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Jonathan Yardley
August 14, 1978
It would be difficult to overestimate the influence on contemporary sportswriting of Jimmy Cannon, who died five years ago at the age of 64. Though there is plenty to dislike in his writing style, there can be no question that he ranks with Ring Lardner and Red Smith among writers who changed the face of the sports page. That is reason enough to take note of a posthumous collection of his columns, Nobody Asked Me, But...(Holt, Rinehart and Winston, $10.95), edited by his brothers, Jack and Tom Cannon.
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August 14, 1978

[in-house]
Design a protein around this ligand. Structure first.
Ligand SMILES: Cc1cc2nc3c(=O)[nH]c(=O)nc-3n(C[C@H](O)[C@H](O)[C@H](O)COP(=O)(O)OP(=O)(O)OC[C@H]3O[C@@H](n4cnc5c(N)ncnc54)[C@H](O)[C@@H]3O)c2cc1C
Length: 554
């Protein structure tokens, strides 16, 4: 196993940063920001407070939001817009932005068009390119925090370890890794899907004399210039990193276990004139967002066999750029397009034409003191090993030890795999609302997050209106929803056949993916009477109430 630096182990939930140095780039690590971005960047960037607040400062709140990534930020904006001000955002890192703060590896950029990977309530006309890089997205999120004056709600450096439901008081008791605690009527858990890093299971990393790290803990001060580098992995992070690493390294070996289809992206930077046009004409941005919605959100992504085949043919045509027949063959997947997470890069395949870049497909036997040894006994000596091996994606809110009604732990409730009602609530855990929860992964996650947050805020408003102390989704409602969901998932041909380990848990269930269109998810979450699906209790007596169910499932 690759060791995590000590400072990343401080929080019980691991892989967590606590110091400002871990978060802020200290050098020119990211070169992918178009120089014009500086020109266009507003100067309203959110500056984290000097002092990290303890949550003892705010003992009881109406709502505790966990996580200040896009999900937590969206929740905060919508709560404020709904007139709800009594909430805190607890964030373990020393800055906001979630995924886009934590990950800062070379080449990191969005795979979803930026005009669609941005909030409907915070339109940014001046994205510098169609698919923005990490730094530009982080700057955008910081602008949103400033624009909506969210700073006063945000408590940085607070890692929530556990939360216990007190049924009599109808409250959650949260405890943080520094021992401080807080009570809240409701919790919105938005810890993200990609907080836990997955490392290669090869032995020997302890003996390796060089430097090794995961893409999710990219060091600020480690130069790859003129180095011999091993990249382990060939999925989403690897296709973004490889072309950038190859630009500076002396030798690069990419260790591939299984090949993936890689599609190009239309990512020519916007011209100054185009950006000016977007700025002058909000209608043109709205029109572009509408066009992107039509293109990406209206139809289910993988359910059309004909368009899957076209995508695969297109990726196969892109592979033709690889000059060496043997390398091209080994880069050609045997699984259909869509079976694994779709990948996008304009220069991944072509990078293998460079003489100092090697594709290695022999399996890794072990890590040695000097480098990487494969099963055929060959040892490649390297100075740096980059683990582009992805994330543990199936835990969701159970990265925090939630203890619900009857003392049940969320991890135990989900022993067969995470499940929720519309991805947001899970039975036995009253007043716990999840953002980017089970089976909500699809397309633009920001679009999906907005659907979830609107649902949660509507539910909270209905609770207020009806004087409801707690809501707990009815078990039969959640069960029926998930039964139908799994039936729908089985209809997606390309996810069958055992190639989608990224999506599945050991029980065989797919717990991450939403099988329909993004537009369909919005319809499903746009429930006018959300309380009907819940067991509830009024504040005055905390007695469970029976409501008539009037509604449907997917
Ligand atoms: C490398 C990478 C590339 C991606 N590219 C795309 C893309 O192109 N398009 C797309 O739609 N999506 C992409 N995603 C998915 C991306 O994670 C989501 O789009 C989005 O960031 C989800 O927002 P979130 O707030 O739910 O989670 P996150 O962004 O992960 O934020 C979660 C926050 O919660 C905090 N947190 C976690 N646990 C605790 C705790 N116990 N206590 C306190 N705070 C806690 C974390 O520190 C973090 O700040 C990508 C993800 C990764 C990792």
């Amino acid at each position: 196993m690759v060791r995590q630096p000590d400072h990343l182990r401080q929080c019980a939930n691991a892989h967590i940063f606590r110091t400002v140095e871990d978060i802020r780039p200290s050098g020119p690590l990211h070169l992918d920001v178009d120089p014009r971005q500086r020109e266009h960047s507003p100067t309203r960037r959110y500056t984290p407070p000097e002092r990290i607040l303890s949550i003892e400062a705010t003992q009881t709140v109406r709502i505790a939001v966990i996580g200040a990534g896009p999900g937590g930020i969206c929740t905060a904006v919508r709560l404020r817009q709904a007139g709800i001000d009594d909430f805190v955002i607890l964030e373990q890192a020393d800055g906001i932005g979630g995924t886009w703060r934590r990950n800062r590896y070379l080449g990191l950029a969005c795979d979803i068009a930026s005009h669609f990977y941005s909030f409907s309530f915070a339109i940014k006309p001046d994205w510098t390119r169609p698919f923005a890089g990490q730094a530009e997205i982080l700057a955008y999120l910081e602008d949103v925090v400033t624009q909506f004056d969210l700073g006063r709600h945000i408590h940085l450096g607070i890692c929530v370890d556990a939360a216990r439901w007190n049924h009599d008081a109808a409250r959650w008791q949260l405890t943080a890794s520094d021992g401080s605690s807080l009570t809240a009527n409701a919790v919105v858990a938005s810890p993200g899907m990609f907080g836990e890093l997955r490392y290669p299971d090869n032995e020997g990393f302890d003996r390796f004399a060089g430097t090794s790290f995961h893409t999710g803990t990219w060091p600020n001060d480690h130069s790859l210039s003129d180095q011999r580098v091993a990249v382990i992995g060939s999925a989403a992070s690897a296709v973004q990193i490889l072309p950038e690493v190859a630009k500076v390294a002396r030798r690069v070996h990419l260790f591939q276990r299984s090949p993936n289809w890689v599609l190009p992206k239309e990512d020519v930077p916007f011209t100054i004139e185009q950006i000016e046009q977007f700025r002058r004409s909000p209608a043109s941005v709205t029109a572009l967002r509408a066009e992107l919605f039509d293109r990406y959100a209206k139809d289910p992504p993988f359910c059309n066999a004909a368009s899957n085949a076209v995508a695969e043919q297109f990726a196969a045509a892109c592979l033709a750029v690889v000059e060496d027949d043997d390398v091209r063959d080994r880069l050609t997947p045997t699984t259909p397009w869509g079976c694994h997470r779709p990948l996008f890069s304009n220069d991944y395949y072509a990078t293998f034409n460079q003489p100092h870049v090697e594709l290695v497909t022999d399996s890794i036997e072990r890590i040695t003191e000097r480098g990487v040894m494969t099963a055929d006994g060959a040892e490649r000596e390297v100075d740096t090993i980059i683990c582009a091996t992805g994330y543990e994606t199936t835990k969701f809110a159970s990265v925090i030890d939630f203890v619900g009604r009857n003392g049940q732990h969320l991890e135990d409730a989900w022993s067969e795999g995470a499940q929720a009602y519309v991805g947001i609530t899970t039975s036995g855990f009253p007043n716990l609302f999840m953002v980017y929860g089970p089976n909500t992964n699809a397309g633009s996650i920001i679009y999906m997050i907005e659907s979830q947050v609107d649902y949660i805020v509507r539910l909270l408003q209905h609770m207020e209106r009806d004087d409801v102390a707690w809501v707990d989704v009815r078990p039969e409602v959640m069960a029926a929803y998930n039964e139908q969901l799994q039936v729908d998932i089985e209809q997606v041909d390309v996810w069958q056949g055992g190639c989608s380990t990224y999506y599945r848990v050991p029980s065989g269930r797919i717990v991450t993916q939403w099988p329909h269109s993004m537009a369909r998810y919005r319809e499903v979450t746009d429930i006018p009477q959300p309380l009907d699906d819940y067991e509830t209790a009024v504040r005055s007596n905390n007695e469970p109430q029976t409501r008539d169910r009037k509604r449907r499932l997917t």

For Better And For Worse, Jimmy Cannon Influenced Sportswriting

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Unfortunately, that's what a lot of the Cannon imitators picked up on; part of his legacy is that too many sportswriters try too hard to transform the world of games into a Greek tragedy. The role of tough-guy-with-a-heart-of-gold is boring; it's too bad Cannon gave it legitimacy in sports journalism. But imitators are usually far less interesting than their models; for all his flaws, Jimmy Cannon was almost always interesting, and this collection is an appropriate tribute to his career.

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